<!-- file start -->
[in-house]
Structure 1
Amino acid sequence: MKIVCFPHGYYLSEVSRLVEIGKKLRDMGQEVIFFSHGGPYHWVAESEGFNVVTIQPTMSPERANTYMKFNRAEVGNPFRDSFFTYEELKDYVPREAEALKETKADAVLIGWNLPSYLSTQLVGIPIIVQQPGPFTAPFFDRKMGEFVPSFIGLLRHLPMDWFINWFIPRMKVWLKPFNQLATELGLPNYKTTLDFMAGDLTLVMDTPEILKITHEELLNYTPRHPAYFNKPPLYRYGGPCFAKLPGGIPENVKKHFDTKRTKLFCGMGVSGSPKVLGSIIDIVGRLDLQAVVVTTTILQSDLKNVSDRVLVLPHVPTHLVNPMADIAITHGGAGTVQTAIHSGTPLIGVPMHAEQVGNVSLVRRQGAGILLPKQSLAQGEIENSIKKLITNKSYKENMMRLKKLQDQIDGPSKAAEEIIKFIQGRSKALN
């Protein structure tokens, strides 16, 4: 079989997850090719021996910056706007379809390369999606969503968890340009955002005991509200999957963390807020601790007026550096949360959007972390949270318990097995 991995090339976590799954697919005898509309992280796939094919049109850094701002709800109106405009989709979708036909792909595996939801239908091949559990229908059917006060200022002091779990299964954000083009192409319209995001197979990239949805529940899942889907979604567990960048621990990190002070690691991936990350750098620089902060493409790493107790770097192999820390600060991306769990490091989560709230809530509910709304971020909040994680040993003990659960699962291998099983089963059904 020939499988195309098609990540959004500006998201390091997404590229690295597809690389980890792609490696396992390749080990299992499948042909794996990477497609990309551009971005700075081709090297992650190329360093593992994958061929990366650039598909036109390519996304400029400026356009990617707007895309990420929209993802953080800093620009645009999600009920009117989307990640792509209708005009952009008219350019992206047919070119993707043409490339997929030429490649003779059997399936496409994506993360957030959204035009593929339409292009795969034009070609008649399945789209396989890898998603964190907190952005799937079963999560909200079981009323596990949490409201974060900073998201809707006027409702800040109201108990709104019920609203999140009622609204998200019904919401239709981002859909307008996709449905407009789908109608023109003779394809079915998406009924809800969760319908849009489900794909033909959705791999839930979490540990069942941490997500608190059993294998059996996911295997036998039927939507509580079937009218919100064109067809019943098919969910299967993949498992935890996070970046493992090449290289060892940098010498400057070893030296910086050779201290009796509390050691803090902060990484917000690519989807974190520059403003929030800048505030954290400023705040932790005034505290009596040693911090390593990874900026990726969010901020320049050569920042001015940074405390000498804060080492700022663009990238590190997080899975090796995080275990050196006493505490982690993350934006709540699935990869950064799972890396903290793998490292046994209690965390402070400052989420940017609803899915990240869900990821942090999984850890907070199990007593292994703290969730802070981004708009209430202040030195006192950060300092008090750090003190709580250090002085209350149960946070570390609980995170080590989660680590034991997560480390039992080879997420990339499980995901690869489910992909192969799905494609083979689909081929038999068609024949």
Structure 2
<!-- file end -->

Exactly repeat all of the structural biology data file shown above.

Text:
[in-house]
Structure 1
Amino acid sequence: MKIVCFPHGYYLSEVSRLVEIGKKLRDMGQEVIFFSHGGPYHWVAESEGFNVVTIQPTMSPERANTYMKFNRAEVGNPFRDSFFTYEELKDYVPREAEALKETKADAVLIGWNLPSYLSTQLVGIPIIVQQPGPFTAPFFDRKMGEFVPSFIGLLRHLPMDWFINWFIPRMKVWLKPFNQLATELGLPNYKTTLDFMAGDLTLVMDTPEILKITHEELLNYTPRHPAYFNKPPLYRYGGPCFAKLPGGIPENVKKHFDTKRTKLFCGMGVSGSPKVLGSIIDIVGRLDLQAVVVTTTILQSDLKNVSDRVLVLPHVPTHLVNPMADIAITHGGAGTVQTAIHSGTPLIGVPMHAEQVGNVSLVRRQGAGILLPKQSLAQGEIENSIKKLITNKSYKENMMRLKKLQDQIDGPSKAAEEIIKFIQGRSKALN
């Protein structure tokens, strides 16, 4: 079989997850090719021996910056706007379809390369999606969503968890340009955002005991509200999957963390807020601790007026550096949360959007972390949270318990097995 991995090339976590799954697919005898509309992280796939094919049109850094701002709800109106405009989709979708036909792909595996939801239908091949559990229908059917006060200022002091779990299964954000083009192409319209995001197979990239949805529940899942889907979604567990960048621990990190002070690691991936990350750098620089902060493409790493107790770097192999820390600060991306769990490091989560709230809530509910709304971020909040994680040993003990659960699962291998099983089963059904 020939499988195309098609990540959004500006998201390091997404590229690295597809690389980890792609490696396992390749080990299992499948042909794996990477497609990309551009971005700075081709090297992650190329360093593992994958061929990366650039598909036109390519996304400029400026356009990617707007895309990420929209993802953080800093620009645009999600009920009117989307990640792509209708005009952009008219350019992206047919070119993707043409490339997929030429490649003779059997399936496409994506993360957030959204035009593929339409292009795969034009070609008649399945789209396989890898998603964190907190952005799937079963999560909200079981009323596990949490409201974060900073998201809707006027409702800040109201108990709104019920609203999140009622609204998200019904919401239709981002859909307008996709449905407009789908109608023109003779394809079915998406009924809800969760319908849009489900794909033909959705791999839930979490540990069942941490997500608190059993294998059996996911295997036998039927939507509580079937009218919100064109067809019943098919969910299967993949498992935890996070970046493992090449290289060892940098010498400057070893030296910086050779201290009796509390050691803090902060990484917000690519989807974190520059403003929030800048505030954290400023705040932790005034505290009596040693911090390593990874900026990726969010901020320049050569920042001015940074405390000498804060080492700022663009990238590190997080899975090796995080275990050196006493505490982690993350934006709540699935990869950064799972890396903290793998490292046994209690965390402070400052989420940017609803899915990240869900990821942090999984850890907070199990007593292994703290969730802070981004708009209430202040030195006192950060300092008090750090003190709580250090002085209350149960946070570390609980995170080590989660680590034991997560480390039992080879997420990339499980995901690869489910992909192969799905494609083979689909081929038999068609024949």
Structure 2